HK Cantonese & Toisan-hua ~ Ukrainian & Russian
    Taiwanese Mandarin & Beijing Mandarin ~ Serbian & Croatian
  27. john_riemann_soong

    john_riemann_soong Senior Member

    Singapore / United States
    English, Singlish, Chinese; Singapore
    Wait a minute, we're not offspring of China... we're not another political entity of it, no matter how much our government tries to kiss the feet of the Beijing oligarchy. :p

    Many of us actually quite resent the PRC nationals in terms of immigration and there's a sizeable Malay and Indian population too. There is Chinese hegemony (which I try to fight) but I don't like the government's attempts to enforce it.

    At most we regard China as one of those ancestral homelands, like people in the USA do for Britain. Hell yes Tan Kah Kee raised millions of dollars from Singaporeans in 1937 with his China Relief Fund (a lot of money at the time) to fight the Japanese invasion and sent it back to China as aid, but that's when most people were still immigrants and also the sentiment was aslo that of duty and obligation to one's allies, like the US to the UK and France during WWII.

    Singapore huayu has its own distinct features, notably because it developed out of the government's encouragement as well (in 1979, only 29% of the population spoke Mandarin - the rest spoke the dialects), and also with influence from the other dialects and languages, and the creole Singlish. The government then tries to counter this by hiring teachers from China, to try to drive out the local influences, because their divergence from the Beijing standard is interpreted as low-class and vernacular (but we make fun of the people with the northern accent all the time). I'm very cynical of it.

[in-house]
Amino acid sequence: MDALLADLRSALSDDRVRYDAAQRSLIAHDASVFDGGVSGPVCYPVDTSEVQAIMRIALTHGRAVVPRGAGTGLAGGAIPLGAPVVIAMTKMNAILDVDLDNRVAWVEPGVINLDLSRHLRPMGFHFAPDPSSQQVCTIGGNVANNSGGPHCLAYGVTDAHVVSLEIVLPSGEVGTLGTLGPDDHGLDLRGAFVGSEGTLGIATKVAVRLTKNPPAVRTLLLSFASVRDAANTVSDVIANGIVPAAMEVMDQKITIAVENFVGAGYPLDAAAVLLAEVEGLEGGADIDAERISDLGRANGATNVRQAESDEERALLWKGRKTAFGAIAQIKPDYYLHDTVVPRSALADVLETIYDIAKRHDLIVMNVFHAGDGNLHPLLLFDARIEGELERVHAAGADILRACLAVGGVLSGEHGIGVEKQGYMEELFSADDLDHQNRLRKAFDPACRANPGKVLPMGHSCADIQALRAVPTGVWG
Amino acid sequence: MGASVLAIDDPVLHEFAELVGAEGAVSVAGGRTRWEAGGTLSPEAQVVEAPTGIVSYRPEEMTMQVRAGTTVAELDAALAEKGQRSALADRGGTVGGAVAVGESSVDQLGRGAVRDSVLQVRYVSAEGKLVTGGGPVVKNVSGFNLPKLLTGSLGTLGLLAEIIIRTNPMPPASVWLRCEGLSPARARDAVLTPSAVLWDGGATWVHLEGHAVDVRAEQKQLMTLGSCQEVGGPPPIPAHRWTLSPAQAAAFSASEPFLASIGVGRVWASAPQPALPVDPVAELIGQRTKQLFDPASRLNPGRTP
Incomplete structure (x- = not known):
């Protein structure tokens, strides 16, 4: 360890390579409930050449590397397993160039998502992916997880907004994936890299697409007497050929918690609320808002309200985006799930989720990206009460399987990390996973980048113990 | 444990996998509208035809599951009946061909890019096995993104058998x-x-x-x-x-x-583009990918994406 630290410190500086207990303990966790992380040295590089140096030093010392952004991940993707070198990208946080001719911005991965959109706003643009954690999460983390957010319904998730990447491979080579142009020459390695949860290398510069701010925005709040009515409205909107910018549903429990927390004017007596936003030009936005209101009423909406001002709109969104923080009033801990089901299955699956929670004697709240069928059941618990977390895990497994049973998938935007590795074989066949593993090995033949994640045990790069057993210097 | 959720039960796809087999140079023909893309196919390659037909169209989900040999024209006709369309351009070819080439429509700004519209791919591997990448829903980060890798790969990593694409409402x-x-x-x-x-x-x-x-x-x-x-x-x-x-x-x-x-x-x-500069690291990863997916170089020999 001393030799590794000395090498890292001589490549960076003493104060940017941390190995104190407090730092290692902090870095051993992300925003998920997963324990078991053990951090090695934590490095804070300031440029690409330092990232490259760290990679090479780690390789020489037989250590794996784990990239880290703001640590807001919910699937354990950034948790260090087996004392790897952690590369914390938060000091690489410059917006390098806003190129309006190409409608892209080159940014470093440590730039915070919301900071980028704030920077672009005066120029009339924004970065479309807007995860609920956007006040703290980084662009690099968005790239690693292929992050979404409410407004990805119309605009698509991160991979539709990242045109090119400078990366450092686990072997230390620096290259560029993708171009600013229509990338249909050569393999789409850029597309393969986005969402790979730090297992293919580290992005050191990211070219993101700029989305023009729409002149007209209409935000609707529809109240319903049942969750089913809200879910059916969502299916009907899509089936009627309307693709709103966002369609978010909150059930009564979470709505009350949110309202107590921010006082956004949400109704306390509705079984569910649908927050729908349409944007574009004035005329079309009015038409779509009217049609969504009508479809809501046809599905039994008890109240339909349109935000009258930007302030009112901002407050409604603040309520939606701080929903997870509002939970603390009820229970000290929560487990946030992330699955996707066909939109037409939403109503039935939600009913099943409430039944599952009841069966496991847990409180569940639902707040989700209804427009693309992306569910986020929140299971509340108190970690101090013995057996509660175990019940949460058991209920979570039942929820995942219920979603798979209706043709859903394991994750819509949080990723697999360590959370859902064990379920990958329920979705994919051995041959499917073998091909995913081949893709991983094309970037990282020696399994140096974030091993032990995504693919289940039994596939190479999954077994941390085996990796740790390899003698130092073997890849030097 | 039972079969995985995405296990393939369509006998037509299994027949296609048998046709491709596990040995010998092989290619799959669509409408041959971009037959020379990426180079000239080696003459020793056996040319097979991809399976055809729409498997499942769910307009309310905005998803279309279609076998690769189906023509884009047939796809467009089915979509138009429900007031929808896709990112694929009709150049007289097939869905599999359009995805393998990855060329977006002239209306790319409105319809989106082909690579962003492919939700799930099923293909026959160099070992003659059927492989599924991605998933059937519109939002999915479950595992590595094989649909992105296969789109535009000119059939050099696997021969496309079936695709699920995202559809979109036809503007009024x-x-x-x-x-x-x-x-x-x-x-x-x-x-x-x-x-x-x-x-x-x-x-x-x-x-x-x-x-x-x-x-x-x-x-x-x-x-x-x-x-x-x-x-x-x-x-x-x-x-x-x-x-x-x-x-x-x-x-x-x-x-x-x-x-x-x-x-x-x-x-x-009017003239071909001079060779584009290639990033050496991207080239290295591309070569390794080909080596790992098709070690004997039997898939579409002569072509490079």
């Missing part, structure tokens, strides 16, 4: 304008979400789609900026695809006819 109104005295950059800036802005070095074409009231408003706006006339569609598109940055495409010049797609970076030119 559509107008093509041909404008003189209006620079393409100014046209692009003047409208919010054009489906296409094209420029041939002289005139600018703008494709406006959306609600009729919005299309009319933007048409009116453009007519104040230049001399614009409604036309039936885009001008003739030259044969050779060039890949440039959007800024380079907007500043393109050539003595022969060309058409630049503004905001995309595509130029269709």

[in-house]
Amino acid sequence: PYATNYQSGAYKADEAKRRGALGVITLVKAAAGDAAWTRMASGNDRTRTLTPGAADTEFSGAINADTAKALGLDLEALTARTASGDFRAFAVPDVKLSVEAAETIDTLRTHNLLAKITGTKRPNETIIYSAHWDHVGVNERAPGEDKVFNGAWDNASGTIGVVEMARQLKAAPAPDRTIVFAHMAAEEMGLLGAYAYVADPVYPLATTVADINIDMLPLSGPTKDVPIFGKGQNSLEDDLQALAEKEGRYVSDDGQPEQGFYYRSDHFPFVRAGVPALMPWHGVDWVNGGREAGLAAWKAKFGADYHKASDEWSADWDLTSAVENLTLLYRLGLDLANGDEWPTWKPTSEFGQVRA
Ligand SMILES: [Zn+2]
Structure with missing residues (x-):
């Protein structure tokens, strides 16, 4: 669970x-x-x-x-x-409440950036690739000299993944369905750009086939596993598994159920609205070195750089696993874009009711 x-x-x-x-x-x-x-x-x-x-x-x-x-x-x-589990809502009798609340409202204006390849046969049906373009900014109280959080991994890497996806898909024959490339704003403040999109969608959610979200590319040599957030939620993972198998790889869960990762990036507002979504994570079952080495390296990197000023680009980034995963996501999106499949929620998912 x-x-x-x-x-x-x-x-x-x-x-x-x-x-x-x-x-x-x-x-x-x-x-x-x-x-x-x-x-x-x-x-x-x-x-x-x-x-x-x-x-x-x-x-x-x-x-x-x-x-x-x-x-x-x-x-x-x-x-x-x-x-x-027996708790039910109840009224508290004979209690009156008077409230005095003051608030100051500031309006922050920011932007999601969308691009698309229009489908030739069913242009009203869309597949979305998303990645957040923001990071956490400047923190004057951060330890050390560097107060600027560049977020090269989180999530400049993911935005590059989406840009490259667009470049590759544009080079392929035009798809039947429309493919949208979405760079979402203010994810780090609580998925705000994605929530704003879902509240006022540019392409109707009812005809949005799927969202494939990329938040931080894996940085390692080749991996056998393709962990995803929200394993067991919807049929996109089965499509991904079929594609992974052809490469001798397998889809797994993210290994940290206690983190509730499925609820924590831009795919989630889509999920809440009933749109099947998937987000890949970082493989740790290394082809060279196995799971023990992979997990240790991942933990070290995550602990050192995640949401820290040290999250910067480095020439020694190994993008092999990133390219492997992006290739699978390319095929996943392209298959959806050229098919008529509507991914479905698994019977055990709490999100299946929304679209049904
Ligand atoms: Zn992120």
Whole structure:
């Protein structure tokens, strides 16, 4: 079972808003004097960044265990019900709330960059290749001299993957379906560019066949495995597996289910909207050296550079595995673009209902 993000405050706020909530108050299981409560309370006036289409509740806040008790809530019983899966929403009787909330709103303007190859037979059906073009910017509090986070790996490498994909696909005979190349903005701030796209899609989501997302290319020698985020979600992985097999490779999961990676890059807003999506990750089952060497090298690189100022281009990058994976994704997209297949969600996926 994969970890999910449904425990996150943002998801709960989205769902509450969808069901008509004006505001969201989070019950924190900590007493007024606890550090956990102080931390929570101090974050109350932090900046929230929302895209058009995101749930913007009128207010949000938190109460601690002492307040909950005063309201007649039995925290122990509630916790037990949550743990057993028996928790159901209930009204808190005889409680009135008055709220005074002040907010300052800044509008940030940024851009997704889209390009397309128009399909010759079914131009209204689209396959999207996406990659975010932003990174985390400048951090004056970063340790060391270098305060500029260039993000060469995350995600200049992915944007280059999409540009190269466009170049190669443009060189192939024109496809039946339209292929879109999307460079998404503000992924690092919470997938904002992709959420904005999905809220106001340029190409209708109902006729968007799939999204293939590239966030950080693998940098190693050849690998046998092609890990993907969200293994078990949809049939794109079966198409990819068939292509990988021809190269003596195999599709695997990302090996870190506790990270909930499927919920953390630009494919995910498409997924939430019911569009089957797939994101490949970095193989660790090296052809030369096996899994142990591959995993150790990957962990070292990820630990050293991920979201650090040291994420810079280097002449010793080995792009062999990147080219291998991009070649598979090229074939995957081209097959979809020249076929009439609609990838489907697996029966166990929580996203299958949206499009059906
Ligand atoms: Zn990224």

Apparently according to the government we Singaporeans aren't native speakers of anything, because the government wants to get "native-speakers" teachers from Western nations to teach us English, even though we are native speakers of it (I don't mean Singlish!) though sometimes we are prone to syllable-timed suprasegmental features in our English, which is an influence from Chinese in general (which is syllable-timed) - I can codeswitch in and out of it by choice. Then we must have native speakers from China, because a teacher from the original homeland of a language is always better! (Wonder why we don't get English teachers from Anglia in Germany then, or teachers of IE from the Caspian steppe) I think they do this for Tamil and Malay too.
  28. john_riemann_soong

    john_riemann_soong Senior Member

    Singapore / United States
    English, Singlish, Chinese; Singapore
    It was an analogy!

    So there are 12-17 different separate continua then? They don't cross interact? (I've never been to the border regions, nor out into the villages, nor has the situation in such cases been covered for me, so I have no idea.)